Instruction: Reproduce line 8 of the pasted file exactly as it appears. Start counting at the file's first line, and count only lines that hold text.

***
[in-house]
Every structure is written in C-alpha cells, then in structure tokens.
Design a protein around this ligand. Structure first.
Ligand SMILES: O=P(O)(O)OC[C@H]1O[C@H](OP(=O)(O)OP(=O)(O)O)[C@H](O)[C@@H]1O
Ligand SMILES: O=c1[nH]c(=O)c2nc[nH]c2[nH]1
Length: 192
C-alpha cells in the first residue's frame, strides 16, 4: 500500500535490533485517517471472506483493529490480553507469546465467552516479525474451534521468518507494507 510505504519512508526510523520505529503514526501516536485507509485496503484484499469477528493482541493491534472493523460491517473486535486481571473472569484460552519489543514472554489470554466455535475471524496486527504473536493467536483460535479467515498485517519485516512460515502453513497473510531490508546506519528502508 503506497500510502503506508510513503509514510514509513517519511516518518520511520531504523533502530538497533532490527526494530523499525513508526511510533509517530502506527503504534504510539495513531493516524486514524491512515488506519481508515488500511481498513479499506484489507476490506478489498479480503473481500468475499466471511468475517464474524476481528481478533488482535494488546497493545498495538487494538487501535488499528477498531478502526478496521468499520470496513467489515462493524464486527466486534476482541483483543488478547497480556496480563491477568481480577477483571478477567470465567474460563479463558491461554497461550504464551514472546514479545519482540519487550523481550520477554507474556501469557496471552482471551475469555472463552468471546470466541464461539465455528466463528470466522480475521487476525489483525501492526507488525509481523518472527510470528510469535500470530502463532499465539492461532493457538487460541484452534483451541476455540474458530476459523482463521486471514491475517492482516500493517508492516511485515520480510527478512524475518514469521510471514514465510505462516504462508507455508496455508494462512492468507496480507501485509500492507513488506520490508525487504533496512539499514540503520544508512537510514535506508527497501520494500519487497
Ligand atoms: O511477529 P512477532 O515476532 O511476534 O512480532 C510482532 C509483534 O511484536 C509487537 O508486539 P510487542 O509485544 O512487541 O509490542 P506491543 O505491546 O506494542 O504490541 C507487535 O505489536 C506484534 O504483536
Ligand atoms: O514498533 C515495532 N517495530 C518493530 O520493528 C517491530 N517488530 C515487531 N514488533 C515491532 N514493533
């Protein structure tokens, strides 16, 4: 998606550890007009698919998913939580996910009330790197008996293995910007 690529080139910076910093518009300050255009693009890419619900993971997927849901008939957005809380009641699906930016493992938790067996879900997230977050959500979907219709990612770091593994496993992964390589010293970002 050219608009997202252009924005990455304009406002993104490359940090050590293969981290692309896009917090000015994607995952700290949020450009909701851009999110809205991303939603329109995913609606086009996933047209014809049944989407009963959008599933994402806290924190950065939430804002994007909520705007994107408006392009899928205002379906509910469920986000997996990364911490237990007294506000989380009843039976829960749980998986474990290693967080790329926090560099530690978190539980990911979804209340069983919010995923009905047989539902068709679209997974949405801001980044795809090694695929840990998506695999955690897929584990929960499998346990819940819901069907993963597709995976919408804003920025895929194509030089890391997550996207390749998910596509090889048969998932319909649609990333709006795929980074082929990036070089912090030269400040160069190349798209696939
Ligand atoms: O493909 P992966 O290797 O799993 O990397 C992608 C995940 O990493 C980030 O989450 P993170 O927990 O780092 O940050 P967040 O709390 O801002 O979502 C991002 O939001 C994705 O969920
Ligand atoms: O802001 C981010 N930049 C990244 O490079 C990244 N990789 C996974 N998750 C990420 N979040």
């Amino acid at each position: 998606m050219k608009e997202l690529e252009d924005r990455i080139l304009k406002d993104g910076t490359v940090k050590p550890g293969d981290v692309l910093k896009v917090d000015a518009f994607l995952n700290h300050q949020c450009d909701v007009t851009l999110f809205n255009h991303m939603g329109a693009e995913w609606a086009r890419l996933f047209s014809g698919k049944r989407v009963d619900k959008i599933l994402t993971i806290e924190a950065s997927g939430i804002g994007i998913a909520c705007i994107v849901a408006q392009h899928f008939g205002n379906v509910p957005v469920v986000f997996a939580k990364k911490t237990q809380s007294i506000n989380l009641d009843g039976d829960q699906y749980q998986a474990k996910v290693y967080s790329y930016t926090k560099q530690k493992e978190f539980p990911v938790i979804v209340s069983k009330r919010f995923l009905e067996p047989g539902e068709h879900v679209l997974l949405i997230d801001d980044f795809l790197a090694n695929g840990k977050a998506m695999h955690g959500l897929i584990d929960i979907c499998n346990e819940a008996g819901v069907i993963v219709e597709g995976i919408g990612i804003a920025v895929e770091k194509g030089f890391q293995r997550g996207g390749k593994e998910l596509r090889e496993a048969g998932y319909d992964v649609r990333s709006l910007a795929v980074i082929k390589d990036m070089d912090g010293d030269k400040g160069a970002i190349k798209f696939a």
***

Ligand atoms: O511477529 P512477532 O515476532 O511476534 O512480532 C510482532 C509483534 O511484536 C509487537 O508486539 P510487542 O509485544 O512487541 O509490542 P506491543 O505491546 O506494542 O504490541 C507487535 O505489536 C506484534 O504483536